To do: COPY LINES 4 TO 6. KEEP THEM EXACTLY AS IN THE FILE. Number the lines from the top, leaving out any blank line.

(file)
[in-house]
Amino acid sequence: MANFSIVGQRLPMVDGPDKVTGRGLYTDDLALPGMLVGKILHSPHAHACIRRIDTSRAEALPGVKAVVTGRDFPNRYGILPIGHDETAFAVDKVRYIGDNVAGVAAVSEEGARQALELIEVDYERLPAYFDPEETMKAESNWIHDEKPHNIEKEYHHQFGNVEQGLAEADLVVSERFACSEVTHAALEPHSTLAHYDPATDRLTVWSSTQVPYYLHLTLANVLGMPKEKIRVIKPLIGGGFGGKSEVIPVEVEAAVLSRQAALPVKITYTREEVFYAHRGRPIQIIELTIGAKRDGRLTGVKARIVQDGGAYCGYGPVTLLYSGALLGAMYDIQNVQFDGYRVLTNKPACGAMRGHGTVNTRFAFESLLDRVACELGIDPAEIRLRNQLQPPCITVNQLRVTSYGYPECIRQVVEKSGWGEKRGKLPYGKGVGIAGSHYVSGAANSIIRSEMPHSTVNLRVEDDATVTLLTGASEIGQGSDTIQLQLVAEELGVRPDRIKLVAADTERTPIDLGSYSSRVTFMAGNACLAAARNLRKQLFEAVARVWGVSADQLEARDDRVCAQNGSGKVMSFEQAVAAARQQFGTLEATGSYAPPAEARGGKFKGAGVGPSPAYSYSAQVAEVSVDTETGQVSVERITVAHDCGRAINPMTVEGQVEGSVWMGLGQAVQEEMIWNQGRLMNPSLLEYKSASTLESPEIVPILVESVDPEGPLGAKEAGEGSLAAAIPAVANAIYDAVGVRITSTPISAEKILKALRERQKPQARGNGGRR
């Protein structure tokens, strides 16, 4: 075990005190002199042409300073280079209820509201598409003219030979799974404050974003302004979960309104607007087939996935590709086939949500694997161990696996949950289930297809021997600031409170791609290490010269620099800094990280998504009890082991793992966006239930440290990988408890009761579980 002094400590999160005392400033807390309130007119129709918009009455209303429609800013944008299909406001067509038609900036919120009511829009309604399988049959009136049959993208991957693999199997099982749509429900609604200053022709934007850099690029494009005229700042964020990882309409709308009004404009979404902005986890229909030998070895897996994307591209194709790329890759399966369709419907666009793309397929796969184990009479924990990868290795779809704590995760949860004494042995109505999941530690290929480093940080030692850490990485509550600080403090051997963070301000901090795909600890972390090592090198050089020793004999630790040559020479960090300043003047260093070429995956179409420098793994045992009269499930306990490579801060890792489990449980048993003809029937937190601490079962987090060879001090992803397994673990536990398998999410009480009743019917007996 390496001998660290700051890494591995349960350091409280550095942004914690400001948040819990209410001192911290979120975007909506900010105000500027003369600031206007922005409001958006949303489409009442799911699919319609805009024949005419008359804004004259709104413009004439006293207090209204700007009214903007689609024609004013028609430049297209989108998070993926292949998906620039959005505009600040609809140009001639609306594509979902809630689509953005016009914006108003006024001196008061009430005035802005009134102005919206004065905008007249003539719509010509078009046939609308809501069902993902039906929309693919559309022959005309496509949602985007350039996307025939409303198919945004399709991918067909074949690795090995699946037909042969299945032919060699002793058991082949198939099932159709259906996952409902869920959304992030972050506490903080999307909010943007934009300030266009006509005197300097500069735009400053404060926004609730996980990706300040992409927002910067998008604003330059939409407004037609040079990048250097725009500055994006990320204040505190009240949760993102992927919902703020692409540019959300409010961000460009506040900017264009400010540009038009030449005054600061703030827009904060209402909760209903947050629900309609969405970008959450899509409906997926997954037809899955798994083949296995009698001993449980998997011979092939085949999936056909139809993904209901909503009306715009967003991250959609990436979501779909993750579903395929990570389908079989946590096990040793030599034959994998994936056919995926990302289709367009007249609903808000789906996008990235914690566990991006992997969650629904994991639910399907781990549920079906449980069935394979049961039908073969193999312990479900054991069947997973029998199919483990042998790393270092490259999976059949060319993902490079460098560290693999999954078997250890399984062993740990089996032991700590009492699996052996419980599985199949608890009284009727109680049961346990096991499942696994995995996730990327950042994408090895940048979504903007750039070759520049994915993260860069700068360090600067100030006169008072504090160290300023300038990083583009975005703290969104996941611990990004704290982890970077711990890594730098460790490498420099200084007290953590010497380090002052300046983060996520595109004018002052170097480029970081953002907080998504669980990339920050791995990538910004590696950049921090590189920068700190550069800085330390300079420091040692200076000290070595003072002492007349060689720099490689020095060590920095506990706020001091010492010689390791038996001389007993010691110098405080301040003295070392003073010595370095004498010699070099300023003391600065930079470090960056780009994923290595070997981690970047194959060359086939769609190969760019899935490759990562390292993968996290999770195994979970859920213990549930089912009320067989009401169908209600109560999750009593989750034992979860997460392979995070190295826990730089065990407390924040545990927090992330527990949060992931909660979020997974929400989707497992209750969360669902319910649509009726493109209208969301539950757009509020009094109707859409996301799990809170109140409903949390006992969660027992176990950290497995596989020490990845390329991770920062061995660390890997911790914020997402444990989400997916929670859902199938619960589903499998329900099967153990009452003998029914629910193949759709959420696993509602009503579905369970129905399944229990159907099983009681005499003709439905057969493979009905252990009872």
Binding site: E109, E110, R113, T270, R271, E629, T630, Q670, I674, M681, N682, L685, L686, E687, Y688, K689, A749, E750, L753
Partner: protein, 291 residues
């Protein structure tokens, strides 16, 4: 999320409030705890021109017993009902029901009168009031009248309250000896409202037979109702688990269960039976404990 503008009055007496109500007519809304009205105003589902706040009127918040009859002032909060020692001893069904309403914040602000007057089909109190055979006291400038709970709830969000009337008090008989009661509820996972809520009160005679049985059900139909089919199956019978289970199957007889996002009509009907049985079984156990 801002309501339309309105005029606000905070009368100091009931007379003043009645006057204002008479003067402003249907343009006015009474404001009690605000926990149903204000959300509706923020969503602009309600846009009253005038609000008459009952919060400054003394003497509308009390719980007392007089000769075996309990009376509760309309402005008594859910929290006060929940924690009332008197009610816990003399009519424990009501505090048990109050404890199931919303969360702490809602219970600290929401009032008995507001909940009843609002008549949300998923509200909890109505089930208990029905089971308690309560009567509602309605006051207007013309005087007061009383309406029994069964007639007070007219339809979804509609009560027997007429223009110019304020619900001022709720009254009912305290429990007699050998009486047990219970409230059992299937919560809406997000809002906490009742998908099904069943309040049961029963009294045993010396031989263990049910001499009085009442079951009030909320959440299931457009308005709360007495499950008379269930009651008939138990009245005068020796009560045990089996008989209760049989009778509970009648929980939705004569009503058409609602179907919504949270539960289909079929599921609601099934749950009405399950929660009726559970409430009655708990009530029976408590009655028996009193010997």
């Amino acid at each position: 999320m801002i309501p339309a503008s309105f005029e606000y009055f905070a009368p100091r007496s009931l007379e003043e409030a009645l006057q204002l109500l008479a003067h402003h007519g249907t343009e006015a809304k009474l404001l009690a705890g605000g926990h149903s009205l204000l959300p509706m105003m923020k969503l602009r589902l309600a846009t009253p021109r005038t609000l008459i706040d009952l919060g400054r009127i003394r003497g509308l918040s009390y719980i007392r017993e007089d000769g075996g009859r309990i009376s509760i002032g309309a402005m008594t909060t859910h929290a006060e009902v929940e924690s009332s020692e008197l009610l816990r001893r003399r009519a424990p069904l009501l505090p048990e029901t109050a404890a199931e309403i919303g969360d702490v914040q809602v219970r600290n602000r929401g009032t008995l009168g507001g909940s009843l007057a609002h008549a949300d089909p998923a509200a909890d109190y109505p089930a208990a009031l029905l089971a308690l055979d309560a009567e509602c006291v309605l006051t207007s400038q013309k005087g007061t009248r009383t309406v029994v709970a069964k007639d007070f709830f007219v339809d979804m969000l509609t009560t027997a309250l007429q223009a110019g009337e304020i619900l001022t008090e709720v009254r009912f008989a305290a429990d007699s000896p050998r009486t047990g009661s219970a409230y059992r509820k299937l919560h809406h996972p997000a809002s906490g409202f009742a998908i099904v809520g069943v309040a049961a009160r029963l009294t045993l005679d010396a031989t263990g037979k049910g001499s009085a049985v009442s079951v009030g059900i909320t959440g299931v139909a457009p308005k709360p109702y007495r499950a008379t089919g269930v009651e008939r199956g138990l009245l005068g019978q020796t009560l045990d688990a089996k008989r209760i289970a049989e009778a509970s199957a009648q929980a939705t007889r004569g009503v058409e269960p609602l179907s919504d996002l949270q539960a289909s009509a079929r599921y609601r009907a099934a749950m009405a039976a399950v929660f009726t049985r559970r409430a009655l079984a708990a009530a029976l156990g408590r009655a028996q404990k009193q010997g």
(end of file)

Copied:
Binding site: E109, E110, R113, T270, R271, E629, T630, Q670, I674, M681, N682, L685, L686, E687, Y688, K689, A749, E750, L753
Partner: protein, 291 residues
């Protein structure tokens, strides 16, 4: 999320409030705890021109017993009902029901009168009031009248309250000896409202037979109702688990269960039976404990 503008009055007496109500007519809304009205105003589902706040009127918040009859002032909060020692001893069904309403914040602000007057089909109190055979006291400038709970709830969000009337008090008989009661509820996972809520009160005679049985059900139909089919199956019978289970199957007889996002009509009907049985079984156990 801002309501339309309105005029606000905070009368100091009931007379003043009645006057204002008479003067402003249907343009006015009474404001009690605000926990149903204000959300509706923020969503602009309600846009009253005038609000008459009952919060400054003394003497509308009390719980007392007089000769075996309990009376509760309309402005008594859910929290006060929940924690009332008197009610816990003399009519424990009501505090048990109050404890199931919303969360702490809602219970600290929401009032008995507001909940009843609002008549949300998923509200909890109505089930208990029905089971308690309560009567509602309605006051207007013309005087007061009383309406029994069964007639007070007219339809979804509609009560027997007429223009110019304020619900001022709720009254009912305290429990007699050998009486047990219970409230059992299937919560809406997000809002906490009742998908099904069943309040049961029963009294045993010396031989263990049910001499009085009442079951009030909320959440299931457009308005709360007495499950008379269930009651008939138990009245005068020796009560045990089996008989209760049989009778509970009648929980939705004569009503058409609602179907919504949270539960289909079929599921609601099934749950009405399950929660009726559970409430009655708990009530029976408590009655028996009193010997």